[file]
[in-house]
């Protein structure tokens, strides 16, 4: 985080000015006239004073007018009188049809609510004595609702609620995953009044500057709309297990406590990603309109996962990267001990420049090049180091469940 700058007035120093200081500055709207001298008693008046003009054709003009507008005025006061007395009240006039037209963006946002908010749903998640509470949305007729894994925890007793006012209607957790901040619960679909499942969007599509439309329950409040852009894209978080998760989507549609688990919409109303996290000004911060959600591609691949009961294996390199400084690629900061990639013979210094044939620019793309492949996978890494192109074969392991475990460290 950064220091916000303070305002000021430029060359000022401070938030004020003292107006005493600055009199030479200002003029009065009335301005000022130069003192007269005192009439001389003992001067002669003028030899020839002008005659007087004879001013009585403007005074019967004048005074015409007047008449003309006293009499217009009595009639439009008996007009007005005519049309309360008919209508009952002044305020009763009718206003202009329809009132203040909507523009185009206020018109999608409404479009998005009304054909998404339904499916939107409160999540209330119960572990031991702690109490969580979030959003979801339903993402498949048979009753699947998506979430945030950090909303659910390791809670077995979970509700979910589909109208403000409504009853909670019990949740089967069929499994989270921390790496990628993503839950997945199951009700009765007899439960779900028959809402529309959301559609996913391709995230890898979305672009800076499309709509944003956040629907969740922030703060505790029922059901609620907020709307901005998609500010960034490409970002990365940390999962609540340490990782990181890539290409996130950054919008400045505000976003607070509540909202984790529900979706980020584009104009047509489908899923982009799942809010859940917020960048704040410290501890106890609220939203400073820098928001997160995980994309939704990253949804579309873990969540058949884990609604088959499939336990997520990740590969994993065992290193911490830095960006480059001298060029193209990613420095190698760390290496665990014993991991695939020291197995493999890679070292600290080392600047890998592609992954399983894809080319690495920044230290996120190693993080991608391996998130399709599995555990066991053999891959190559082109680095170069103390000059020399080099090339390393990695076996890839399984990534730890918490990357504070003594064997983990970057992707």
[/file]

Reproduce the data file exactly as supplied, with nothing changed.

[in-house]
């Protein structure tokens, strides 16, 4: 985080000015006239004073007018009188049809609510004595609702609620995953009044500057709309297990406590990603309109996962990267001990420049090049180091469940 700058007035120093200081500055709207001298008693008046003009054709003009507008005025006061007395009240006039037209963006946002908010749903998640509470949305007729894994925890007793006012209607957790901040619960679909499942969007599509439309329950409040852009894209978080998760989507549609688990919409109303996290000004911060959600591609691949009961294996390199400084690629900061990639013979210094044939620019793309492949996978890494192109074969392991475990460290 950064220091916000303070305002000021430029060359000022401070938030004020003292107006005493600055009199030479200002003029009065009335301005000022130069003192007269005192009439001389003992001067002669003028030899020839002008005659007087004879001013009585403007005074019967004048005074015409007047008449003309006293009499217009009595009639439009008996007009007005005519049309309360008919209508009952002044305020009763009718206003202009329809009132203040909507523009185009206020018109999608409404479009998005009304054909998404339904499916939107409160999540209330119960572990031991702690109490969580979030959003979801339903993402498949048979009753699947998506979430945030950090909303659910390791809670077995979970509700979910589909109208403000409504009853909670019990949740089967069929499994989270921390790496990628993503839950997945199951009700009765007899439960779900028959809402529309959301559609996913391709995230890898979305672009800076499309709509944003956040629907969740922030703060505790029922059901609620907020709307901005998609500010960034490409970002990365940390999962609540340490990782990181890539290409996130950054919008400045505000976003607070509540909202984790529900979706980020584009104009047509489908899923982009799942809010859940917020960048704040410290501890106890609220939203400073820098928001997160995980994309939704990253949804579309873990969540058949884990609604088959499939336990997520990740590969994993065992290193911490830095960006480059001298060029193209990613420095190698760390290496665990014993991991695939020291197995493999890679070292600290080392600047890998592609992954399983894809080319690495920044230290996120190693993080991608391996998130399709599995555990066991053999891959190559082109680095170069103390000059020399080099090339390393990695076996890839399984990534730890918490990357504070003594064997983990970057992707």